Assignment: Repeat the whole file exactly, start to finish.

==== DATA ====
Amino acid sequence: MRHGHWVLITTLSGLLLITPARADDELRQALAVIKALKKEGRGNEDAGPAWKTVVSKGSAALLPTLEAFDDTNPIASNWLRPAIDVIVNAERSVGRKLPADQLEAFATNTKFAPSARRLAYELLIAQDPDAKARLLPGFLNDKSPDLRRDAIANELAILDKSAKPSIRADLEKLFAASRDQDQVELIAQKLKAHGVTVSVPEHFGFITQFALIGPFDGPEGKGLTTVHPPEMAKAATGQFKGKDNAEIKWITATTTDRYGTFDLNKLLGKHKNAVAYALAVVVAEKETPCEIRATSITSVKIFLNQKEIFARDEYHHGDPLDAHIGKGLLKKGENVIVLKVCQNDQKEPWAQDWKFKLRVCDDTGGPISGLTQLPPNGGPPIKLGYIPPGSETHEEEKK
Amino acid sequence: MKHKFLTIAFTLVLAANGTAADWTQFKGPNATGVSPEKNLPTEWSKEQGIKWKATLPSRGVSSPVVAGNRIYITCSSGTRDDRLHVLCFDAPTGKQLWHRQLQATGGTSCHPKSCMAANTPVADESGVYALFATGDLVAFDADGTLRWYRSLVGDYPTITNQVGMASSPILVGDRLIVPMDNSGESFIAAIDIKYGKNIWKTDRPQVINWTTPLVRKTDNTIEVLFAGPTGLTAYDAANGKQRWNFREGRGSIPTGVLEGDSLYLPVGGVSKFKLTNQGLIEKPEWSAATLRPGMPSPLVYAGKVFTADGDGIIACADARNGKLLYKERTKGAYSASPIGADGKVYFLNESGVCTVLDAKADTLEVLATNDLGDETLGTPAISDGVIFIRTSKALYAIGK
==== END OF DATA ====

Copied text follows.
Amino acid sequence: MRHGHWVLITTLSGLLLITPARADDELRQALAVIKALKKEGRGNEDAGPAWKTVVSKGSAALLPTLEAFDDTNPIASNWLRPAIDVIVNAERSVGRKLPADQLEAFATNTKFAPSARRLAYELLIAQDPDAKARLLPGFLNDKSPDLRRDAIANELAILDKSAKPSIRADLEKLFAASRDQDQVELIAQKLKAHGVTVSVPEHFGFITQFALIGPFDGPEGKGLTTVHPPEMAKAATGQFKGKDNAEIKWITATTTDRYGTFDLNKLLGKHKNAVAYALAVVVAEKETPCEIRATSITSVKIFLNQKEIFARDEYHHGDPLDAHIGKGLLKKGENVIVLKVCQNDQKEPWAQDWKFKLRVCDDTGGPISGLTQLPPNGGPPIKLGYIPPGSETHEEEKK
Amino acid sequence: MKHKFLTIAFTLVLAANGTAADWTQFKGPNATGVSPEKNLPTEWSKEQGIKWKATLPSRGVSSPVVAGNRIYITCSSGTRDDRLHVLCFDAPTGKQLWHRQLQATGGTSCHPKSCMAANTPVADESGVYALFATGDLVAFDADGTLRWYRSLVGDYPTITNQVGMASSPILVGDRLIVPMDNSGESFIAAIDIKYGKNIWKTDRPQVINWTTPLVRKTDNTIEVLFAGPTGLTAYDAANGKQRWNFREGRGSIPTGVLEGDSLYLPVGGVSKFKLTNQGLIEKPEWSAATLRPGMPSPLVYAGKVFTADGDGIIACADARNGKLLYKERTKGAYSASPIGADGKVYFLNESGVCTVLDAKADTLEVLATNDLGDETLGTPAISDGVIFIRTSKALYAIGK